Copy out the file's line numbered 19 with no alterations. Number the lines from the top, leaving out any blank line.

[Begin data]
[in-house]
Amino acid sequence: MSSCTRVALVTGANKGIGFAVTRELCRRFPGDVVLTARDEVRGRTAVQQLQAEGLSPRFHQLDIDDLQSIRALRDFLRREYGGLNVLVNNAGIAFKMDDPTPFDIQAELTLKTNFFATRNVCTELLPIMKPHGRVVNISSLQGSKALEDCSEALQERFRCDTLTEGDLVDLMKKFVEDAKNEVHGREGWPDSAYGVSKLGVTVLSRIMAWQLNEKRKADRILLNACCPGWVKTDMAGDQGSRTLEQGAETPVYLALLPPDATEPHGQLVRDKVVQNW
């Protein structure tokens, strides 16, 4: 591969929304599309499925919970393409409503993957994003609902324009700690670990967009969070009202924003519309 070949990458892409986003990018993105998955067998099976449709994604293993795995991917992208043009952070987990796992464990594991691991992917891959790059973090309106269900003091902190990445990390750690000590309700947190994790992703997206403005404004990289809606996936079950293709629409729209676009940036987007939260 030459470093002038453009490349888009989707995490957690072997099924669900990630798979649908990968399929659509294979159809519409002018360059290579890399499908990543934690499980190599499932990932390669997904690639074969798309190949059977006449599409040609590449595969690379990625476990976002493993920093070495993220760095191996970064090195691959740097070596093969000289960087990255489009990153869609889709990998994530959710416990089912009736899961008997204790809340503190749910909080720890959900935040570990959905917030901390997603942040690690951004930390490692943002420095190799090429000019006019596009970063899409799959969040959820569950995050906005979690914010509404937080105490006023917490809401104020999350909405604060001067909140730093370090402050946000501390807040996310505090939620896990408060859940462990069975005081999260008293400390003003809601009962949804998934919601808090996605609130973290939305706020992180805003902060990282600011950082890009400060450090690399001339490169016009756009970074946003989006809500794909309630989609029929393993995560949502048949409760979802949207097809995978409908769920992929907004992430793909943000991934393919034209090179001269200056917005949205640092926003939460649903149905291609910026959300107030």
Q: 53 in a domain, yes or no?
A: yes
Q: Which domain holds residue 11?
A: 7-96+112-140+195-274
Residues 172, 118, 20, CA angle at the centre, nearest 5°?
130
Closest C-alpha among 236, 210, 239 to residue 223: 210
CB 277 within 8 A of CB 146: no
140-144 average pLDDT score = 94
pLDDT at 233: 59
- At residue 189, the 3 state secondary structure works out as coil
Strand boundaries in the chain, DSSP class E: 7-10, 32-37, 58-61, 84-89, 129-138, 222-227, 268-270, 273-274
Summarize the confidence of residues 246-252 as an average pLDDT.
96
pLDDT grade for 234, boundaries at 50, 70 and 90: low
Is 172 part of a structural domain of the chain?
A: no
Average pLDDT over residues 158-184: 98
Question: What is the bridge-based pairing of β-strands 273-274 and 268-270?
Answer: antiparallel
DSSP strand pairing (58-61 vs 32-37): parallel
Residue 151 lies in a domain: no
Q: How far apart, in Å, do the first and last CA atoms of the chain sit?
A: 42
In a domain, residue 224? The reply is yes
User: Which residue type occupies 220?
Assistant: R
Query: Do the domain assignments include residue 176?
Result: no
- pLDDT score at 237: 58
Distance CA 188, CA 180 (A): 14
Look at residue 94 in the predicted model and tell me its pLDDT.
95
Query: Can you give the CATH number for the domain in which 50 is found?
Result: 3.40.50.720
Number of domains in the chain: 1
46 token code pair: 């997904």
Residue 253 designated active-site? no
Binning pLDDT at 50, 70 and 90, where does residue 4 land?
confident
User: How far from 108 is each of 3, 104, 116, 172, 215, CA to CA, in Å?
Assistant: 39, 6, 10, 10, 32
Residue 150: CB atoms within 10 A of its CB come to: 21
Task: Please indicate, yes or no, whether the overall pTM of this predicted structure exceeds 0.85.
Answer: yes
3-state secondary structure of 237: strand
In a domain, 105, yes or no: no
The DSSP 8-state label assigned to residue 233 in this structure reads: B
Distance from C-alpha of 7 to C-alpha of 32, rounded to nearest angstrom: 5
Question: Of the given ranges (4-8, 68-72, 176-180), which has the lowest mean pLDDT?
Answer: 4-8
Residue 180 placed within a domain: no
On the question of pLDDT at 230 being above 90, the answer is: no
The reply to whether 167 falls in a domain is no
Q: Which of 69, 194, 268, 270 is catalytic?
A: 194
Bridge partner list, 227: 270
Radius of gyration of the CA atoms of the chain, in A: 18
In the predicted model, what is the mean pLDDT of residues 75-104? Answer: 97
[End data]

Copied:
Is 172 part of a structural domain of the chain?